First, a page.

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May 24, 2023 7 min read
Dental implants have become a popular option for people with missing teeth or those who require tooth replacements. Implants are surgically placed into the jawbone and can provide a sturdy base for dental prosthetics such as crowns, bridges, or dentures. While dental implants are typically successful, individuals with bone loss may wonder if they are eligible for this treatment.
This is a problem when patients have experienced a substantial loss of bone or density and are therefore unable to provide the physical support required to ensure proper assimilation of implanted dental structures. If you're thinking about it, you'll be glad to know it's possible. There are only some additional steps for it to happen beginning with a thorough dental examination. In this article we will provide detailed answers to your query Can I Get Dental Implants with Bone Loss?
A dental implant is one of the best tooth replacement options with bone lossand is usually a titanium post placed into your jaw bone that acts as an anchor in the place of the tooth root. Permanently or removable dental prostheses such as dentures, crowns, and bridges are then secured to the titanium root. It is commonly the best and most effective option to replace missing teeth because they are sturdy and can also support artificial teeth.
There are several types of dental implants available, and each type offers its unique advantages and disadvantages. Here are the most common 3 Types of Dental Implants:
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Since dental implants need some or all surgical procedures, patients need to first complete an extensive evaluation in order to prepare for the procedure. This includes:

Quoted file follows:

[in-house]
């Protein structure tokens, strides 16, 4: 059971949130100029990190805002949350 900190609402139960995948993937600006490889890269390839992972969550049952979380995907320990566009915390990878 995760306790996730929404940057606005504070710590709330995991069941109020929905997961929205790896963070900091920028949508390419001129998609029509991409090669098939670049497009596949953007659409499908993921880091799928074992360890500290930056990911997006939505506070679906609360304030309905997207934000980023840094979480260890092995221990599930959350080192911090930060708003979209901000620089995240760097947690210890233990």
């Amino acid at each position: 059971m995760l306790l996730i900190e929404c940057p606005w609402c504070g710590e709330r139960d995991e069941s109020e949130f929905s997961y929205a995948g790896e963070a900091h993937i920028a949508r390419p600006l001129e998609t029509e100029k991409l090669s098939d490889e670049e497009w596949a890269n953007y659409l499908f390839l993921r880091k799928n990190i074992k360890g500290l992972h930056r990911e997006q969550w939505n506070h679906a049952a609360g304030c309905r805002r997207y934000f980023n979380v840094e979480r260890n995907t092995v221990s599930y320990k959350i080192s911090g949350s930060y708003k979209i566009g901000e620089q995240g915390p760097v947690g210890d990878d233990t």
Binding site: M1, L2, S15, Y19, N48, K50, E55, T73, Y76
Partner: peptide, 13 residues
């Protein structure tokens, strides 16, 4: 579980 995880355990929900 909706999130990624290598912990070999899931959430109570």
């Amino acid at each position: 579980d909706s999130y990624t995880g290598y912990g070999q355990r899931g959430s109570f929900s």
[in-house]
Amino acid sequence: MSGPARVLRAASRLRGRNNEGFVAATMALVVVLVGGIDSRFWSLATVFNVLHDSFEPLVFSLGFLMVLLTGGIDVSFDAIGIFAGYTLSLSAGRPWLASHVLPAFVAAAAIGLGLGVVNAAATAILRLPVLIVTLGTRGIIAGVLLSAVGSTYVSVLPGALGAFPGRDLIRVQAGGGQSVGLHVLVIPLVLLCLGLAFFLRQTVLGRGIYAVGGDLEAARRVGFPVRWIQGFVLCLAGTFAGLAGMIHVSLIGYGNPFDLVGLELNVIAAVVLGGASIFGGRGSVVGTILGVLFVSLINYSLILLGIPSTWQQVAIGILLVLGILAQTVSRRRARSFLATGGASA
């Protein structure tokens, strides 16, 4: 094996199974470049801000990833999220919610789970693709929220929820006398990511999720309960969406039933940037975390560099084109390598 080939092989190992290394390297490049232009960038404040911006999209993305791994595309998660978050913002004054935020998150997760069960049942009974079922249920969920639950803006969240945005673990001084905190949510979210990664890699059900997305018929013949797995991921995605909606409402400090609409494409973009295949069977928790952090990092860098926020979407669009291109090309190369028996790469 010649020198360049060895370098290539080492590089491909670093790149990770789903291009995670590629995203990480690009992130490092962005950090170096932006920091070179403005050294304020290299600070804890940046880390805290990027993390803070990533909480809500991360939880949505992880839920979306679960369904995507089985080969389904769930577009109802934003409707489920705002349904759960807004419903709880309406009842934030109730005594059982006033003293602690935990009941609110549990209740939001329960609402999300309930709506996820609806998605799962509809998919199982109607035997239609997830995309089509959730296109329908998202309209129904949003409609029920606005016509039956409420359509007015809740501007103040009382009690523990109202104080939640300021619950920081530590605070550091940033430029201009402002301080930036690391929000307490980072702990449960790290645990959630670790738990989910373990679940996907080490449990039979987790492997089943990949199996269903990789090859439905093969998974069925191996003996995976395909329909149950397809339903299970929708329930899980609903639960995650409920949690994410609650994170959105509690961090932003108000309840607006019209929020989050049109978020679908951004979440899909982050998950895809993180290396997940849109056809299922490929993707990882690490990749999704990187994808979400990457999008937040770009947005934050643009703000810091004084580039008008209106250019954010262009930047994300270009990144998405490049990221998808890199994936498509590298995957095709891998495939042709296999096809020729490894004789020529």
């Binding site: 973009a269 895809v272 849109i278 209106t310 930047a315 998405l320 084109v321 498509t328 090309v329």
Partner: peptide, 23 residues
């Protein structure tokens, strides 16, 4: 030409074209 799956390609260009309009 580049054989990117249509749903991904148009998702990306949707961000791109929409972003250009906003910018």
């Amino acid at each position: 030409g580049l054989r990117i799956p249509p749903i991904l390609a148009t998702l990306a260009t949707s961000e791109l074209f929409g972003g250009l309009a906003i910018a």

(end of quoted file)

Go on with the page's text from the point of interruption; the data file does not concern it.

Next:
Thorough Dental Assessment
A comprehensive dental examination provides your dentist with a comprehensive image of the health of your jaw and teeth. Dental X-rays and 3D pictures along with models of your jaw and teeth will be drawn out.
Inform your doctor of any medical conditions you may have or the medications you're taking, including prescription, over-the-counter or herbal remedies.
The program is customized to your individual needs and takes into account factors like the number of teeth that have to be replaced and the health of your jawbone and the remaining teeth
Removing the Damaged Tooth
Some dental implants permit the removal of damaged teeth and their immediate replacement by implants. In most instances, the damaged tooth needs to be removed and the affected area must heal before taking the next step.
Jawbone preparation (grafting), if needed
If your jawbone is not strong enough to support an implant, your dentist may recommend bone grafting. This involves taking a small amount of bone from another part of your body or using synthetic bone material and placing it in the jawbone to create a stronger foundation for the implant.
Dental implant placement
Once the jawbone is ready, the dentist will place the implant into the jawbone. This involves making a small incision in the gum tissue and drilling a small hole into the jawbone. The implant is then screwed into the hole and covered with a protective cap.
Bone growth and healing
After the implant is placed, the bone around it needs to heal and grow. This process, known as osseo integration, can take several months. During this time, the implant fuses with the surrounding bone, creating a stable base for the artificial tooth.
Once the bone has healed and grown around the implant, the protective cap is removed, and an abutment is attached to the implant. The abutment is a small connector piece that connects the implant to the artificial tooth.
Artificial tooth placement
The final step in dental implant surgery is placing the artificial tooth. This involves taking an impression of your mouth and creating a customized crown or bridge that fits onto the abutment. The artificial tooth is then attached to the abutment, completing the dental implant process.
Follow up-After the procedure
The patient is given follow-up visits to ensure that the implant is perfectly in place and no other serious issues are being made.